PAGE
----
Another successful Ann Arbor art fair is off fair guide which had Soto's picture cop o on of the twelve member committee signed the
and running this week. But a University cover. Then he left, with the hope of finding a report. Pharmaceutics Prof. Gordon Amidon, Pathology
crackdown against performers on the Diag place off of University property to perform Prof, Rees Ridgley and Philosophy Prof. Carl Cohen submit-
has enraged many fair-goers and street en- his act. ted a minority opinion calling the majority report too restric-
tertainers. Word of Soto's removal spread quickly to tive since its recommended guidelines would apply to all
Several Diag performers have been told by other Diag performers. research.
o ver hiaf University security and city police officers to "I'M WAITING for them (the officers). I
take their acts elsewhere during the fair. know that they will come here for me," said "(THE MAJORITY report's) restrictions would ... vastly
Jugglers, musicians. magicians. and mimes Michel Innocent a singer and guitarist from enlarge the scone of the resrtrictive rl inhihitic itll-
V s A , 11U 1,Q1, 1 Q t4G11, Ci1 111G
on the Diag have been an art fair tradition.
banners WILL SOTO, a popular tightrope walker
and juggler from Key West, Florida, was
By PETER OERNER kicked off the lawn in front of Angell Hall at 6
In a sudden reversal, University p.m. yesterday by three Ann Arbor police of-
administrators apparently decided ficers.
this week not to limit the number of "It sucks, man," said one observer, as Soto
banners on the Diag. packed up his props to leave.
University Planner Fred Mayer had "That's putting it lightly," said Soto, who
said last week that starting Sept. 1, has entertained on the Diag at the last six art
not more than ten banners would be fairs.
allowed to hang in the previously SOTO, who is known for his bright leotard,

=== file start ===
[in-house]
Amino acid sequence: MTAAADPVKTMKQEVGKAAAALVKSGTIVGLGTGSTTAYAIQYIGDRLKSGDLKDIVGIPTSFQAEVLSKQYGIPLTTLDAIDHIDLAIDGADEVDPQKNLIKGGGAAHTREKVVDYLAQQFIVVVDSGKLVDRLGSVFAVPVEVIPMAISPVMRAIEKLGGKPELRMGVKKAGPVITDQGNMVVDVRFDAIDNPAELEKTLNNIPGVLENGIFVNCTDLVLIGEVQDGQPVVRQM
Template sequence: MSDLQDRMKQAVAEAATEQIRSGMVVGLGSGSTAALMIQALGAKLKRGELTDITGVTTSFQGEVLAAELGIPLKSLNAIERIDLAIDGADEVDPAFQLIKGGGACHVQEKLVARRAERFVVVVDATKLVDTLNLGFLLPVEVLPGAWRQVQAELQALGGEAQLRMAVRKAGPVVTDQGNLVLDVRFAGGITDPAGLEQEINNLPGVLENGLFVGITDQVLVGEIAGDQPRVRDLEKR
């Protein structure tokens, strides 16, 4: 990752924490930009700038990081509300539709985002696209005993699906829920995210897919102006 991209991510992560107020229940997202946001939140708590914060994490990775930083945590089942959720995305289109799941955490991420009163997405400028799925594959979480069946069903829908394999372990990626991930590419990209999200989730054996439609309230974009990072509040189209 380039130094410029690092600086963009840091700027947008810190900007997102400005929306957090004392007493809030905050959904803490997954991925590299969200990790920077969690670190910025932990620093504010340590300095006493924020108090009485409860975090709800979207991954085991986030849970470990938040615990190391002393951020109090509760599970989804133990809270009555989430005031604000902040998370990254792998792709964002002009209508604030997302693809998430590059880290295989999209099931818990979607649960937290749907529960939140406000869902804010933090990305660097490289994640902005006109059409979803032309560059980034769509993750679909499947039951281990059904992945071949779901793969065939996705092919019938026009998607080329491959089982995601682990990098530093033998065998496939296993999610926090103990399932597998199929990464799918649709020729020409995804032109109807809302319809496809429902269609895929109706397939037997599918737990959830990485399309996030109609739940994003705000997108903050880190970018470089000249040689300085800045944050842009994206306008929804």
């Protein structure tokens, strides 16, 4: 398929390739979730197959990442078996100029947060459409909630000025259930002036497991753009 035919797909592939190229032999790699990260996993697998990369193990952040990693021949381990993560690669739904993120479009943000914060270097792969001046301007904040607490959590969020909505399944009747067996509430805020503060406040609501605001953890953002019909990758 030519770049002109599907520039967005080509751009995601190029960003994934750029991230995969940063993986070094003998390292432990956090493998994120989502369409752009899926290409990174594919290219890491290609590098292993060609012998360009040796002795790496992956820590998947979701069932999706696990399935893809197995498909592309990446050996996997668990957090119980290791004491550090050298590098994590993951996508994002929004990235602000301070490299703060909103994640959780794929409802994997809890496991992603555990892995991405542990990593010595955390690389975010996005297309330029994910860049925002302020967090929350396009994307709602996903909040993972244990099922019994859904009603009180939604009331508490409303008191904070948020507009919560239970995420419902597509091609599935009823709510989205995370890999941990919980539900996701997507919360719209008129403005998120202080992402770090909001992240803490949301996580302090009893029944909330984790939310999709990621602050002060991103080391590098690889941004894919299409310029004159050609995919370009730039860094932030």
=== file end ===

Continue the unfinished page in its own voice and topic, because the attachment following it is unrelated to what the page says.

unlimited area in front of the Fish- shaggy hair, and witty manner, said he has
bowl. never before been prevented from perfor-
ST. U ENT , Pg ming on the Diag.
Sec S TU EN T, Page 12 To show his disdain for the crackdown, Soto
Paris who was performing near the West
University Director of Safety Leo Heatley
said the University has always had a policy of
not allowing solicitors, including street per-
formers, on the Diag. But, he said officials
are making a bigger effort to enforce the
HEATLEY said his department's phones
"ring off the hook" with complaints from
professors conducting classes in Angell Hall.
"You have to realize that classes still go on
during the art fair," he said.
The University does issue permits to
See 'U' BAN. Pace 4
pC1a 6C L1 IJJCVLIU1CiILV1Ule, 1110Lng n~e eC-
tual inquiry not only when it is classified for reasons of
national security, but also when the researcher and the spon-
sor would agree to refrain from publishing results longer
than one year," the minority report said.
It also said the majority report failed to balance freedom
with openness, being too concerned with the latter.
MAKING ALL research open to the public, the minority
report said, costs researchers the freedom to do research of
their own choice.
"Accepting the openness as a major value in guiding our
conduct, however, does not oblidge us to make of it a stan-
dard so overpowering as to justify the prohibition of research
that does not in every way manifest it," the report said.
See REPORT, Page 3